This handout photo provided by the FBI shows Aaron Alexis.
(Photo: Handout via AP)
WASHINGTON (USA Today) -- Navy Yard gunman Aaron Alexis cleared a security checkpoint with his contractor ID and carried his shotgun, unassembled, into Building 197 within minutes of starting his bloody rampage Monday, federal investigators said Tuesday.
Investigators revised and refined the sequence of events at the Naval Sea Systems Command headquarters that left 13 people dead, including Alexis, who was shot to death in a showdown with police.
A federal law enforcement official said Tuesday that Alexis, a former Navy reservists, had sought assistance from the Department of Veterans Affairs for mental illness as recently as a month ago. The official said the 34-year-old contractor recently paid about $540 to buy a 12-gauge shotgun and ammunition at a gun store in Virginia.
The official, who spoke on condition of anonymity because the criminal investigation is continuing, said investigators believe that Alexis stopped in a men's restroom and assembled the law-enforcement style shotgun, then proceeded to a spot on the third or fourth floor that overlooked an interior atrium and began shooting.
Contrary to earlier reports provided by law enforcement officials, Alexis was not believed to be in possession of an AR-15 assault rifle, the official said.
Alexis fired several rounds randomly on the people below, the official said, then ran down a flight of stairs where he confronted and shot a security officer.
It is believed that Alexis took the officer's handgun and returned to the overlook where he continued to shoot. At some point, the official said, Alexis again left the location and confronted a victim described as a maintenance person or building staffer. He shot that person and returned one last time to the overlook where he was ultimately killed in a confrontation with police.
Metropolitan Police Chief Cathy Lanier said the first Washington police officers, two units, arrived on the scene two minutes after being dispatched.
Four minutes after the call, five to seven units had gone through the Navy Yard gates, she said. Seven minutes after the first dispatch call, two police units outside Building 197 heard shots fired and immediately entered the building, she said.
Lanier said she did not have the exact time of the final shootout that resulted in Alexis' death, but she said law enforcement officers from various agencies exchanged fire with Alexis several times. She said the entire incident lasted 30 to 60 minutes.
The federal official said investigators are just beginning to analyze Alexis' possessions to determine if they might reveal any motive for the slayings.
"It didn't appear that he had any plan for escape,'' the official said. He also said that "no one believes he was looking for anybody in particular."
A witness, Rick Mason, a program management analyst, said the gunman was aiming down at people in the building's cafeteria on the first floor.
Patricia Ward, a logistics management specialist, said she was in the cafeteria. "I heard three shots - pow, pow, pow. Thirty seconds later I heard four more shots."
Then panic, as people tried to get out of the cafeteria. "A lot of people were just panicking. There were no screams or anything because we were in shock."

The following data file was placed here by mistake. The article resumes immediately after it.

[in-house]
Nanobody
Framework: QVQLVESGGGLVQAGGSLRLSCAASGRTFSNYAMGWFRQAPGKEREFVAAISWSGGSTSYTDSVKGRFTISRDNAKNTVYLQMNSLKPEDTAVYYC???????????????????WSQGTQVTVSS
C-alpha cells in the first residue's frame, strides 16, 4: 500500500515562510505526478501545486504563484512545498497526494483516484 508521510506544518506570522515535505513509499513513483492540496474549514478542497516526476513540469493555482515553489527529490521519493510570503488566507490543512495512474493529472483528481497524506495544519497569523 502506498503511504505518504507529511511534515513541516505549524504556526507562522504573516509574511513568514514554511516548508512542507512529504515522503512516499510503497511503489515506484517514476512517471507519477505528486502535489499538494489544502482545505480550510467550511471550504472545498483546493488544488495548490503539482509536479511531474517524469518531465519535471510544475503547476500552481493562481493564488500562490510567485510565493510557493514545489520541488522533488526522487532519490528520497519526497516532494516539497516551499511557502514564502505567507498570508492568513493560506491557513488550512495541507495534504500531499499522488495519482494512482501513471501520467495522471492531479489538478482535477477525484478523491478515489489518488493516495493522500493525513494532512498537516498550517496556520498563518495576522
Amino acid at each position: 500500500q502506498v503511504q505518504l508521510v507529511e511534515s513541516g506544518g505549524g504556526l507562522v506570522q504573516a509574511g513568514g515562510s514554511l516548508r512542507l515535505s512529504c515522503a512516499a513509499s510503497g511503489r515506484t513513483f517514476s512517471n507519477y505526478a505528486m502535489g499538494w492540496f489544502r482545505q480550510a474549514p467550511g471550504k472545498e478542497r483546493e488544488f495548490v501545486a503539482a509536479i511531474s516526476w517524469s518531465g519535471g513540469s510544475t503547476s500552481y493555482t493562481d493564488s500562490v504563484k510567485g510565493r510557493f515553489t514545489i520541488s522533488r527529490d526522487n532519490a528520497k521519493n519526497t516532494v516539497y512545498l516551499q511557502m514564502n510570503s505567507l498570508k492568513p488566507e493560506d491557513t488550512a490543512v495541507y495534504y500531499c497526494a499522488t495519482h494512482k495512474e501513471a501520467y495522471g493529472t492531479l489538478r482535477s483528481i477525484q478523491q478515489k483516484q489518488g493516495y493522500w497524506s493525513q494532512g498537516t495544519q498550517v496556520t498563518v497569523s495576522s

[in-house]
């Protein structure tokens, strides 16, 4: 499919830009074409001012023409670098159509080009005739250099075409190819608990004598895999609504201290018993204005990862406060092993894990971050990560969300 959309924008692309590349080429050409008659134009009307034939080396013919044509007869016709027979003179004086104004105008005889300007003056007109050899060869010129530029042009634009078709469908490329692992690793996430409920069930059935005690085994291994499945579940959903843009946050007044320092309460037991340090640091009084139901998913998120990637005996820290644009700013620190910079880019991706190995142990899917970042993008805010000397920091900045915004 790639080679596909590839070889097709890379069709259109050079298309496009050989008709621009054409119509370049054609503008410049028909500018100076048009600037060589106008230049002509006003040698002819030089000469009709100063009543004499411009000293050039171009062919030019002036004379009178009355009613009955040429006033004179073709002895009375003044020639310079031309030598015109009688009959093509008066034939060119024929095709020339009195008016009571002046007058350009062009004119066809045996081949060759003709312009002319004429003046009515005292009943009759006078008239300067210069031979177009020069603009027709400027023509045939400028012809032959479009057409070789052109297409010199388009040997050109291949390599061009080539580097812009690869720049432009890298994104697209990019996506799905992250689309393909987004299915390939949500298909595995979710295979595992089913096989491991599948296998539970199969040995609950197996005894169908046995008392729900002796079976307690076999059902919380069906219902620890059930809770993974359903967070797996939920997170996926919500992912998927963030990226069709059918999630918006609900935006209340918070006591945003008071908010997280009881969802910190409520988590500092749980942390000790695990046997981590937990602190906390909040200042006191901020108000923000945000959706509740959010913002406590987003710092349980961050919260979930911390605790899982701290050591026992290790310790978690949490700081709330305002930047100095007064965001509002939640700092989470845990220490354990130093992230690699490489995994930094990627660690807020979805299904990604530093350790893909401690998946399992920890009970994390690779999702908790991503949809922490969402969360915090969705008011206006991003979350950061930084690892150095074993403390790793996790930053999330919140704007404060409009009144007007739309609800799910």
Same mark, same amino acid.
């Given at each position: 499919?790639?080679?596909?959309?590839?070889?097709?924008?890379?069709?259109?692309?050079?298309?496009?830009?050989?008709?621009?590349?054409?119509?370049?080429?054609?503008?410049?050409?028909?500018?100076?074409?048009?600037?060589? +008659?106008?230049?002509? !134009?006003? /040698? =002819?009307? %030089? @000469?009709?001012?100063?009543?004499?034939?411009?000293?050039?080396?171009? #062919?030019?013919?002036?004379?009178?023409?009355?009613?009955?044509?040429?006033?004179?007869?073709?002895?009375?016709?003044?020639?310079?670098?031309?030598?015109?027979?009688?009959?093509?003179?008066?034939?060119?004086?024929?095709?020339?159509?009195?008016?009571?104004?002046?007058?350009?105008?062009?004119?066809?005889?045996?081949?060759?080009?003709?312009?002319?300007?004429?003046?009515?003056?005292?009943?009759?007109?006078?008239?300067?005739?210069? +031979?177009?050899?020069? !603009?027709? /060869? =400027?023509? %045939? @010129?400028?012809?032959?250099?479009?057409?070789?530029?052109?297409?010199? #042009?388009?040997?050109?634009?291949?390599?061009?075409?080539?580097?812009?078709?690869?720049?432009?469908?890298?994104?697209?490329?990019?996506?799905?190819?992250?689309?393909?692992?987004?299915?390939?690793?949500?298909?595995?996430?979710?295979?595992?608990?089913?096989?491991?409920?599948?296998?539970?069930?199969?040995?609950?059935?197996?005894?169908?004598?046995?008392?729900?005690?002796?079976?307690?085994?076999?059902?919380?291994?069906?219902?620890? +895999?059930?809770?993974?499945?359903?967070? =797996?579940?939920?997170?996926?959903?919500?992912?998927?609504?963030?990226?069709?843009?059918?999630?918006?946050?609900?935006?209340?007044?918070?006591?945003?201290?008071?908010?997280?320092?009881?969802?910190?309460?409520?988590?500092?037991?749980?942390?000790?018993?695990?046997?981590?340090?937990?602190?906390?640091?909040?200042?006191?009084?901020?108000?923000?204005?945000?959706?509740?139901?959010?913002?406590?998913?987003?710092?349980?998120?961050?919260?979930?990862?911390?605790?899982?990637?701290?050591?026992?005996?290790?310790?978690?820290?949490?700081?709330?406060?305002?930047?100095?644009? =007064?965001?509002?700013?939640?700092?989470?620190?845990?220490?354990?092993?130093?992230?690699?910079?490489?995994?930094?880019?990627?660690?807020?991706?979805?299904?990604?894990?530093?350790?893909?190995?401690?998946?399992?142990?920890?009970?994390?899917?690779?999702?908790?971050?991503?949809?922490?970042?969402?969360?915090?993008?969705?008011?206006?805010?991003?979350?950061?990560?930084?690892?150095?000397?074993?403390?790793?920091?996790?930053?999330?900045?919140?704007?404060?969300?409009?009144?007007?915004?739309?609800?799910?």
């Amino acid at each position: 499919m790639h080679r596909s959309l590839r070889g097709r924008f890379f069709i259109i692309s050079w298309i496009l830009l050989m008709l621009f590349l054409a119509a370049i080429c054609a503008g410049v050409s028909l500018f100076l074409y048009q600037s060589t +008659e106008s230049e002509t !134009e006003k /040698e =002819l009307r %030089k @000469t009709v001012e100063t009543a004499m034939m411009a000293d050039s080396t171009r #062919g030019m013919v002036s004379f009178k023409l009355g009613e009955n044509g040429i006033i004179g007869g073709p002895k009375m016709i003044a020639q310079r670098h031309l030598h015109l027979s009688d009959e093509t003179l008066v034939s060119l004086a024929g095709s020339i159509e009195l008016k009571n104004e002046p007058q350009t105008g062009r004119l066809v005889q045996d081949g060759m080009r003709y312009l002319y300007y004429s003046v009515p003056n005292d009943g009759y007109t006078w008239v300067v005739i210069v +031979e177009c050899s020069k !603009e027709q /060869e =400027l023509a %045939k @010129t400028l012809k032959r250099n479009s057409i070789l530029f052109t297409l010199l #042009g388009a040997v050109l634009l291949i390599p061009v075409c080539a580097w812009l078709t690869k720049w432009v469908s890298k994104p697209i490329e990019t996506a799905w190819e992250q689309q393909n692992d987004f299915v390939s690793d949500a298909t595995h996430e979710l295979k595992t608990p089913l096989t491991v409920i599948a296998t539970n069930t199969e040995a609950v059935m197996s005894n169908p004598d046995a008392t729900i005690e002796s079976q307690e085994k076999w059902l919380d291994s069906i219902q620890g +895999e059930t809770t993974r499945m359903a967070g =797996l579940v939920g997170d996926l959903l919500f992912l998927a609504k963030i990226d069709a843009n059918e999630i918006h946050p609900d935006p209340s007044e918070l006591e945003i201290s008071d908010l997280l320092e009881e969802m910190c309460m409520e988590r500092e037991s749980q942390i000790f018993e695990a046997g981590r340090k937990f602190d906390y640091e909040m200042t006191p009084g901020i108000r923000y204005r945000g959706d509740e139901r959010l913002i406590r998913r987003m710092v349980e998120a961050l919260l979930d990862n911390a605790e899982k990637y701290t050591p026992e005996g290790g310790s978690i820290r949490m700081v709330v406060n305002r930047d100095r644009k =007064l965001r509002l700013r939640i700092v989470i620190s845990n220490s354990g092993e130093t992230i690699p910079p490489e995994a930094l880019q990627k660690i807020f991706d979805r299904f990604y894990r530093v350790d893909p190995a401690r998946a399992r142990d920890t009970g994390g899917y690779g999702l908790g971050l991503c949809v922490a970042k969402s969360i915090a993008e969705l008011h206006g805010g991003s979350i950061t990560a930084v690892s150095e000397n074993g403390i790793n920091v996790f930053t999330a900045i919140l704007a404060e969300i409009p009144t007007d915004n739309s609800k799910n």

The Metropolitan Police Department identified five additional victims Tuesday morning. They are Arthur Daniels, 51; Mary Francis Knight, 51; Gerald L. Read, 58; Martin Bodrog, 54 and Richard Michael Ridgell, 52.
The seven victims identified Monday night are Michael Arnold, 59; Sylvia Frasier, 53; Kathy Gaarde, 62; John Roger Johnson, 73; Frank Kohler, 50; Kenneth Bernard Proctor, 46; and Vishnu Pandit, 61.
All were civilian employees and contractors, officials said.
At least three people, including a city police officer, suffered non-fatal gunshot wounds inside Building 197. Hospital officials said all three were expected to recover. Authorities said five other people suffered minor non-gun injuries.
Meanwhile, FBI Assistant Director Valerie Parlave declared Tuesday that law enforcement officials, who had worried on Monday that a second shooter might have been involved, now believe that Alexis "acted alone."
In another development, Defense Secretary Chuck Hagel called for a security review at military installations around the world in the wake of the shootings, a Pentagon official said Tuesday. The review will consider physical security and access to military bases.
It followed a call by Navy Secretary Ray Mabus for a review of security procedures at Navy and Marine bases. It is to be completed by Oct. 1.
"Our sailors, Marines, and civilians are familiar with the dangers of service, but our security is something we can never take for granted," Mabus said in a statement. "I ordered a review of every Navy and Marine Corps base in the United States to ensure that we live up to our responsibility of taking care of our people. "
Adm. William Gortney, commander U.S. Fleet Forces Command, will lead the review for the Navy. Lt. Gen. Rick Tryon, commander U.S. Marine Corps Forces Command, will lead the review for the Marine Corps.
Earlier, Hagel and other officials did not offer any comments as they laid a wreath in honor of the victims, but the setting and the somber mood said it all.
As a servicemember played taps, Hagel, along with Chairman of the Joint Chiefs Martin Dempsey and Washington Mayor Vincent Gray, placed the wreath next to "The Lone Sailor" statue at the Navy Memorial that represents "all people who have ever served, are serving now, or are yet to serve in the United States Navy."
U.S. flags were lowered to half-staff on Capitol Hill and at the White House.
Kevin Johnson reported from Washington. Contributing: Tom Vanden Brook in Washington, Associated Press